3. Visit the Property at Least Once a Year

Long-distance landlords shouldn’t rely on their residents’ property reports alone. They also need to do in-person check-ins at least once a year. Long-distance landlords can claim tax deductions for their visiting expenses, such as flight tickets, hotel bookings, and even meal costs. Take advantage of this tax benefit by scheduling visits to your rental within a year. 

Catching up with the residents in person can also make a big difference. You can learn more about how satisfied they are with living in your property. If you don’t visit, you won’t know the reality of the condition of your unit. Investing in real estate requires a huge capital so taking the time to properly inspect the rental physically is highly recommended.

4. Stay Up-to-Date on the Local Area

Long-distance landlords may get ahold of information much later. Even if you live in another city or state, it’s best to remain connected to the local community. You want to know what’s going on since these factors may have an impact on your rental property. 

Focused person sitting at a desk working on their laptop

Learn if there are new rentals being built around your neighborhood. Stay updated about the new local regulations and policies. You always want to be prepared for new developments around your area. Proactive long-distance landlords can ensure their rental income is protected by being in touch with community news and infrastructure plans.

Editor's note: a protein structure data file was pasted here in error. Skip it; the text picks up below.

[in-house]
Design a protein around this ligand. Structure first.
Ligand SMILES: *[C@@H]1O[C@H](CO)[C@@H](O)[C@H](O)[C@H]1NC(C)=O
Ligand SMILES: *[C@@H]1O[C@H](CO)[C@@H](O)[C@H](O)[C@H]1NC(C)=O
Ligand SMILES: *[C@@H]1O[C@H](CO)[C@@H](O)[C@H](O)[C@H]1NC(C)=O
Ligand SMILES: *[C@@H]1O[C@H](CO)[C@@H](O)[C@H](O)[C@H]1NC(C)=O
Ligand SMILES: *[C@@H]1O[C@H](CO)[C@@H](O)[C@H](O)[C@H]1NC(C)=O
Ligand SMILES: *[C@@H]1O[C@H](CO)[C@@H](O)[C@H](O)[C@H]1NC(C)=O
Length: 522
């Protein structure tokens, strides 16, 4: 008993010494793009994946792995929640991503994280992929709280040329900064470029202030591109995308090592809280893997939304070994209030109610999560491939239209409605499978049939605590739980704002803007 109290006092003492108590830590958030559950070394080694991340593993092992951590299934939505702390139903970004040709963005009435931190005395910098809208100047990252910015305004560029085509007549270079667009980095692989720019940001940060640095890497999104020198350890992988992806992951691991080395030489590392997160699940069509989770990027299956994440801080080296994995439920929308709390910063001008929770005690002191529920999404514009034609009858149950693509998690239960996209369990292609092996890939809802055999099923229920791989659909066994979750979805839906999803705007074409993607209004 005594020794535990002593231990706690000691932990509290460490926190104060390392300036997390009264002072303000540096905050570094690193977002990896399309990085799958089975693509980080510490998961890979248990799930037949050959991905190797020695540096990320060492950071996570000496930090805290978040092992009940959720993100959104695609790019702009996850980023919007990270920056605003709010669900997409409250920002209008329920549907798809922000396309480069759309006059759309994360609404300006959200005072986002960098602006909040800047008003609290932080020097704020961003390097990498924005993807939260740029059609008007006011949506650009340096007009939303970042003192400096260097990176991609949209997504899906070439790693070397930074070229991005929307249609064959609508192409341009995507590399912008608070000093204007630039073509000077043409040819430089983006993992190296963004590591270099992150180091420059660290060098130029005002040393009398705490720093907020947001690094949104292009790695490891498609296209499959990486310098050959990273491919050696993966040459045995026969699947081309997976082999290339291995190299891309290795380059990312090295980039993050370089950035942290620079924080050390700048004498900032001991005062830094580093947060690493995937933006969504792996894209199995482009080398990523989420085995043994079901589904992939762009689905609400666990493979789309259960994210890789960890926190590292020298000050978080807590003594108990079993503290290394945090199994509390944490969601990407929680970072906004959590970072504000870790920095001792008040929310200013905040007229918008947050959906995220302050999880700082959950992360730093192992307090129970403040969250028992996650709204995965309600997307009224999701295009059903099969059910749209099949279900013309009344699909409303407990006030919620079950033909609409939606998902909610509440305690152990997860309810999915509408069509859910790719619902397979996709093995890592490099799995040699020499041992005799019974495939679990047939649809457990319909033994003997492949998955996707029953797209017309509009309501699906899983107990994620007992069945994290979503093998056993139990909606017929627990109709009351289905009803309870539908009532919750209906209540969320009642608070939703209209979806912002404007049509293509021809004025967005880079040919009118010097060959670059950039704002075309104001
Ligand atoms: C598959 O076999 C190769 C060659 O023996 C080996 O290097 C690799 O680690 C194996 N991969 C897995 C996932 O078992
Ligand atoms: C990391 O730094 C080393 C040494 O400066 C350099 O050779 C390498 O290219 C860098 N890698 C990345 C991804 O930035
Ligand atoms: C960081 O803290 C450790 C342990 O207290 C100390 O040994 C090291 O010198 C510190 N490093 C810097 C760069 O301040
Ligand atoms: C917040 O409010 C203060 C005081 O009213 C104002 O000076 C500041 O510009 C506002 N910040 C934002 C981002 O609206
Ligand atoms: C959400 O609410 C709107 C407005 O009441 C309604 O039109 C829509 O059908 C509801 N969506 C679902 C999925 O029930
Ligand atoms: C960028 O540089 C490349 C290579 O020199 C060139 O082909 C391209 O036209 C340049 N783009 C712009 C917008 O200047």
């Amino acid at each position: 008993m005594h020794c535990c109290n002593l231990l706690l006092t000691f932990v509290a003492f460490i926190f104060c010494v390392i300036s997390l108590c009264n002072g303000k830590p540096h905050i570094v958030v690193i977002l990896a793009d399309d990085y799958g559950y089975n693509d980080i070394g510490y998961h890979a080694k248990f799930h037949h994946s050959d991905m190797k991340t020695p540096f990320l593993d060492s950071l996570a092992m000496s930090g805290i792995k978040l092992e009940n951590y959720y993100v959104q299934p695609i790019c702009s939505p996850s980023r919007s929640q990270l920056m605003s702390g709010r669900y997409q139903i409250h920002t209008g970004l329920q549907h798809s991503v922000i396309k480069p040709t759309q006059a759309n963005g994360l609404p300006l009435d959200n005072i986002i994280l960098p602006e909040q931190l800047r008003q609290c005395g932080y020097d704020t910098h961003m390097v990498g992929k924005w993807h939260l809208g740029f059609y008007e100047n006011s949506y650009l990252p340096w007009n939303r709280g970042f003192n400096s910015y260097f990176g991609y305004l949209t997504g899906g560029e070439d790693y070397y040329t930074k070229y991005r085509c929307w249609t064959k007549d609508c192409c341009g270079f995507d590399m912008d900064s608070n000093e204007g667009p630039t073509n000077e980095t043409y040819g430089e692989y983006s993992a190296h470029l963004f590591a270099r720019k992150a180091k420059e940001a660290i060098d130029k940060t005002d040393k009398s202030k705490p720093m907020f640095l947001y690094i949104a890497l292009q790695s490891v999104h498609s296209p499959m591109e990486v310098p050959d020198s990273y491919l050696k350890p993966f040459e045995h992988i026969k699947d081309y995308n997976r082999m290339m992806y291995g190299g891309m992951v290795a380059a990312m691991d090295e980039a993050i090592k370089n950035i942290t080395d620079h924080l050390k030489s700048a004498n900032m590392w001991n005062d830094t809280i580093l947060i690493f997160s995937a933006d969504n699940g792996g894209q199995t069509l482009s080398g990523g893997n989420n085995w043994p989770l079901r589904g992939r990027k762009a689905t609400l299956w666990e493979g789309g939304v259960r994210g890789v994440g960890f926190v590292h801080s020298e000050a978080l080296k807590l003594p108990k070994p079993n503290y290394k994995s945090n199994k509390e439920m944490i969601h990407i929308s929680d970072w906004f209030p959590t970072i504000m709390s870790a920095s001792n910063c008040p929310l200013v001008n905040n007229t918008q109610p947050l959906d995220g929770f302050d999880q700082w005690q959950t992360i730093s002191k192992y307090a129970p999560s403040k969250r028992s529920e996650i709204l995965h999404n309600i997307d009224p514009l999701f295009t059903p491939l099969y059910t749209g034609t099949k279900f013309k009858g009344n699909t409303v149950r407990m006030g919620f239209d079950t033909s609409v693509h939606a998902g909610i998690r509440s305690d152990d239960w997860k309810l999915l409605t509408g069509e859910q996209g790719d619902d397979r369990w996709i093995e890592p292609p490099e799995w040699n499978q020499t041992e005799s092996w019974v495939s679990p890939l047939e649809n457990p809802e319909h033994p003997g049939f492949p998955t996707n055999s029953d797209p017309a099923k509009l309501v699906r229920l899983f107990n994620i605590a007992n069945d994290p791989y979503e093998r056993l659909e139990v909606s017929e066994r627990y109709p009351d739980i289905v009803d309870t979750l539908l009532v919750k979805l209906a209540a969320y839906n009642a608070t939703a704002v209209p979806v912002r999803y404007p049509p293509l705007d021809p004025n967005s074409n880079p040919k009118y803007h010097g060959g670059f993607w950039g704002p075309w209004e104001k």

5. Use Local Resources

Your rental property may be new but over time, damages caused by normal wear and tear can occur. When this happens, tenants can put in property maintenance requests. Being prepared is a great strategy and you can resolve property issues by connecting to a solid network of local resources. 

As a long-distance landlord, it will take a lot of work to go to the property and resolve the matter on your own. You need to rely on trusted local contractors to fix issues with plumbing, pest infestation, and other serious problems. 

If you don’t have a ready network, you can lose time and money contacting providers with unvetted services. It’s recommended to be ready and have reliable local contractors working with you.

How Local Property Managers Can Help Long-Distance Landlords Succeed

As a long-distance landlord, you can find the support of a local property management company to deliver crucial services, which help create a wonderful rental experience for your residents. Given that local property managers have more expertise and can access a wide network of resources, they can be a partner in achieving a successful rental business. 

They can actively market vacant rental units, conduct detailed tenant screening, and collect the rent on time, and more. It’s also a great advantage to have a professional representative to help enforce your lease agreement, even in your absence.

Are you looking for a trusted property management team? Contact Stonelink Property Management today!